Woodrow filed a motion to dismiss Plaintiff's first amended complaint pursuant to Federal Rule of Civil Procedure 12(b)(6) and a memorandum in support of her motion (ECF Nos. 33 & 34). Woodrow argued that Plaintiff failed to state a claim for relief and, even if Plaintiff alleged sufficient facts to establish a violation of a constitutional right or negligence, Woodrow is protected from state and federal claims by the doctrines of sovereign, official, and qualified immunity. (ECF No. 34 at 1-2).

         II. Legal standard

          Federal Rule of Civil Procedure 8(a)(2) requires only “a short and plain statement of the claim showing that the pleader is entitled to relief.” Erickson v. Pardus, 551 U.S. 89, 93 (2007) (quoting Fed.R.Civ.P. 8(a)(2)). “Specific facts are not necessary; the statement need only ‘give the defendant fair notice of what the …claim is and the grounds upon which it rests.'” Id. (quoting Bell Atlantic Corp. v. Twombly, 550 U.S. 544, 555 (2007)). A viable complaint must include “enough facts to state a claim to relief that is plausible on its face.” Twombly, 550 U.S. at 547.

         When considering a motion to dismiss, the reviewing court must accept the Plaintiff's factual allegations as true and construe them in the Plaintiff's favor. Ashcroft v. Iqbal, 556 U.S. 662, 678 (2009). “A motion to dismiss should be granted ‘as a practical matter…only in the unusual case in which a plaintiff includes allegations that show, on the face of the complaint, that there is some insuperable bar to relief.” Strand v. Diversified Collection Serv., Inc., 380 F.3d 316, 317 (8th Cir. 2004) (quoting Frey v. Herculaneum, 44 F.3d 667, 671 (8th Cir. 1995)). “At the very least, however, the complaint must contain facts which state a claim as a matter of law and must not be conclusory.” Id. “The issue in determining a Rule 12(b)(6) motion is not whether the plaintiff will ultimately prevail, but whether the plaintiff is entitled to present evidence in support of the claim.” Schuer v. Rhodes, 416 U.S. 232, 236 (1976) (overruled on other grounds, see Harlow v. Fitzgerald, 457 U.S. 800 (1982)).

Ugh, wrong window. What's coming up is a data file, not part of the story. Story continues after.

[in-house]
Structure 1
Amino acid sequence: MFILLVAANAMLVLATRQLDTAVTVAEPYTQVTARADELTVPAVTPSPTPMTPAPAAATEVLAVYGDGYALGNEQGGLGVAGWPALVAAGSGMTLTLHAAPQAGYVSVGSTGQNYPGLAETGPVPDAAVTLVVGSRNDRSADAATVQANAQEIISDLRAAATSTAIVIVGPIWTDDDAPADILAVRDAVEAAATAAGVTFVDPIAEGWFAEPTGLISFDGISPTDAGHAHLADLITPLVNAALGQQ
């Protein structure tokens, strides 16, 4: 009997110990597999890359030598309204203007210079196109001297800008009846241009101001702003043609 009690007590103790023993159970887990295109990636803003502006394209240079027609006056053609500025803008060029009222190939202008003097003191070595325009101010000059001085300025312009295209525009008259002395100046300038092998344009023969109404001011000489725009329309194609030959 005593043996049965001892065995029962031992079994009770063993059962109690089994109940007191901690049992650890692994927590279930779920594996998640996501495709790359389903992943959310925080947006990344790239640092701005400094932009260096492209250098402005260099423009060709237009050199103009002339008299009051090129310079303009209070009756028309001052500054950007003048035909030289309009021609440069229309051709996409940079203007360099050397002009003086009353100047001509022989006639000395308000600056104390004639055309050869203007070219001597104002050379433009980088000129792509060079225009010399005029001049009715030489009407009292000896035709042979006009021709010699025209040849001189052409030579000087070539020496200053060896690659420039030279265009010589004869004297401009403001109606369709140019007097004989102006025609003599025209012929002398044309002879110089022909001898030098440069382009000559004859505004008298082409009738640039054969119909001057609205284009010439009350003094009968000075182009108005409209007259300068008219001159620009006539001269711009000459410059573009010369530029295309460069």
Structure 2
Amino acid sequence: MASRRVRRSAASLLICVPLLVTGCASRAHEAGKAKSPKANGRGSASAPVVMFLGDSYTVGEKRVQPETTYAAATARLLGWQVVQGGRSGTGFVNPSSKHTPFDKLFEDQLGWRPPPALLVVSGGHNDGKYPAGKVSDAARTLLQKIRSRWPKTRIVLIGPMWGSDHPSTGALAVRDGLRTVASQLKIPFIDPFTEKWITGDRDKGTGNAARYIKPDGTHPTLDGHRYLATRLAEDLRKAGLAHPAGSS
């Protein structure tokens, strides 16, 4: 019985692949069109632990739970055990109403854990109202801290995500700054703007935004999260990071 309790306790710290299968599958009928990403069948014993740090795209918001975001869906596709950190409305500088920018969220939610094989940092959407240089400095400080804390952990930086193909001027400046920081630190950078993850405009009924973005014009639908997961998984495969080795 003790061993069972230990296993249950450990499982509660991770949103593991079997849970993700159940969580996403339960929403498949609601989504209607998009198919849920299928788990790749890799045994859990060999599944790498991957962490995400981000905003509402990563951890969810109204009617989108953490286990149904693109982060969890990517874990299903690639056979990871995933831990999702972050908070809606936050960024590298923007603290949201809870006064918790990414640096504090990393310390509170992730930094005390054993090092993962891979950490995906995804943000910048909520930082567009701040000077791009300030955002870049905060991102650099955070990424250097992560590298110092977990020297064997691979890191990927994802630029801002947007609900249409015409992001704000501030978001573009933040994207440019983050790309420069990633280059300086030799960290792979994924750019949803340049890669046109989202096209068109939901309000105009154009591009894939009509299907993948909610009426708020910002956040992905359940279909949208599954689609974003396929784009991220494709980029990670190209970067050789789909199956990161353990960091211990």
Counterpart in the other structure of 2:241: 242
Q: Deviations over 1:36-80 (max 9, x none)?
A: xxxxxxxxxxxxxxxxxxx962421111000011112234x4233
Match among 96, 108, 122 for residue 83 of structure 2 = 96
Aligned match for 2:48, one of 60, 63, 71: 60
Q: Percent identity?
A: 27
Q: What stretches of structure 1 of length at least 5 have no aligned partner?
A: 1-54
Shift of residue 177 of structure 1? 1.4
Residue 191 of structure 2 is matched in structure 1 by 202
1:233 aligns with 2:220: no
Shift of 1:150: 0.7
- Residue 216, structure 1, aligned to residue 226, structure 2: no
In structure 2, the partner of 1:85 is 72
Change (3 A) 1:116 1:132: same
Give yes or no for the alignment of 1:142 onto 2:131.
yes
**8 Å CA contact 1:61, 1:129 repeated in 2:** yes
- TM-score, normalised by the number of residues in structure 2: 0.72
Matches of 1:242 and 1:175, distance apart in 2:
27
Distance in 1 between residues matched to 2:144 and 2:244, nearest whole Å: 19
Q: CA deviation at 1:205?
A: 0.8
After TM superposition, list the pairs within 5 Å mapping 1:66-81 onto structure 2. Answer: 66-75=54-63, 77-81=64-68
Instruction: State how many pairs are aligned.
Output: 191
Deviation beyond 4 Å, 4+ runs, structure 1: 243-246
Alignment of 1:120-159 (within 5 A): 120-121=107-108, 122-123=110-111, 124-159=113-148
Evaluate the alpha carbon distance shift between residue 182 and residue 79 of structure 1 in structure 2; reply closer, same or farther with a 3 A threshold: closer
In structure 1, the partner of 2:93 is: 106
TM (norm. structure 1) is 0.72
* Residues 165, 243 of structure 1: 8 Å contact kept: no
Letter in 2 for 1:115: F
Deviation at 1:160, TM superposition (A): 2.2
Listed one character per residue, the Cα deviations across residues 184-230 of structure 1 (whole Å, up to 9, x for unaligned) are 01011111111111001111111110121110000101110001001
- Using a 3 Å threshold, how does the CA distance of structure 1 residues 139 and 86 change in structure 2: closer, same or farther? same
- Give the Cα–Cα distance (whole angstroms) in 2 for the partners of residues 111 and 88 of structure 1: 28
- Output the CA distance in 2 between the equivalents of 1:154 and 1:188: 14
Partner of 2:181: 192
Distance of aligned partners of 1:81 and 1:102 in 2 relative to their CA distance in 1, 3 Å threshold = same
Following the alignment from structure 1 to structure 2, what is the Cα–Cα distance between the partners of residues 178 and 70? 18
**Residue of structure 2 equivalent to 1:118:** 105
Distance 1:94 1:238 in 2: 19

III. Discussion

         A. Count 5 - Section 1983 claim against Woodrow in her official capacity

          Woodrow asserts that Plaintiff's Section 1983 damage claims against her in her official capacity are barred by the Eleventh Amendment. (ECF No. 34). Woodrow further argues that Plaintiff did not request injunctive and declaratory relief and, even if she did, Plaintiff is not entitled to such relief because she failed to allege an ongoing violation of federal law. (Id.). In response, Plaintiff contends that she properly limited her Section 1983 claims against Woodrow in her official capacity to requests for prospective and injunctive relief. (ECF No. 44).

         The Eleventh Amendment generally bars suits by private citizens against a state and its agencies in federal court. Balogh v. Lombardi, 816 F.3d 536, 544 (8th Cir. 2016). Nevertheless, plaintiffs may seek prospective injunctive relief against a state, its agencies, and its officers when sued in their official capacities to prevent either continuing or future violations of the Constitution or other federal law. 281 Care Comm. v. Arneson, 638 F.3d 621, 632 (8th Cir. 2011). See also Ex Parte Young, 209 U.S. 123 (1908). “In determining whether this exception applies, a court conducts ‘a straightforward inquiry into whether [the] complaint alleges an ongoing violation of federal law and seeks relief properly characterized as prospective.” Id. ...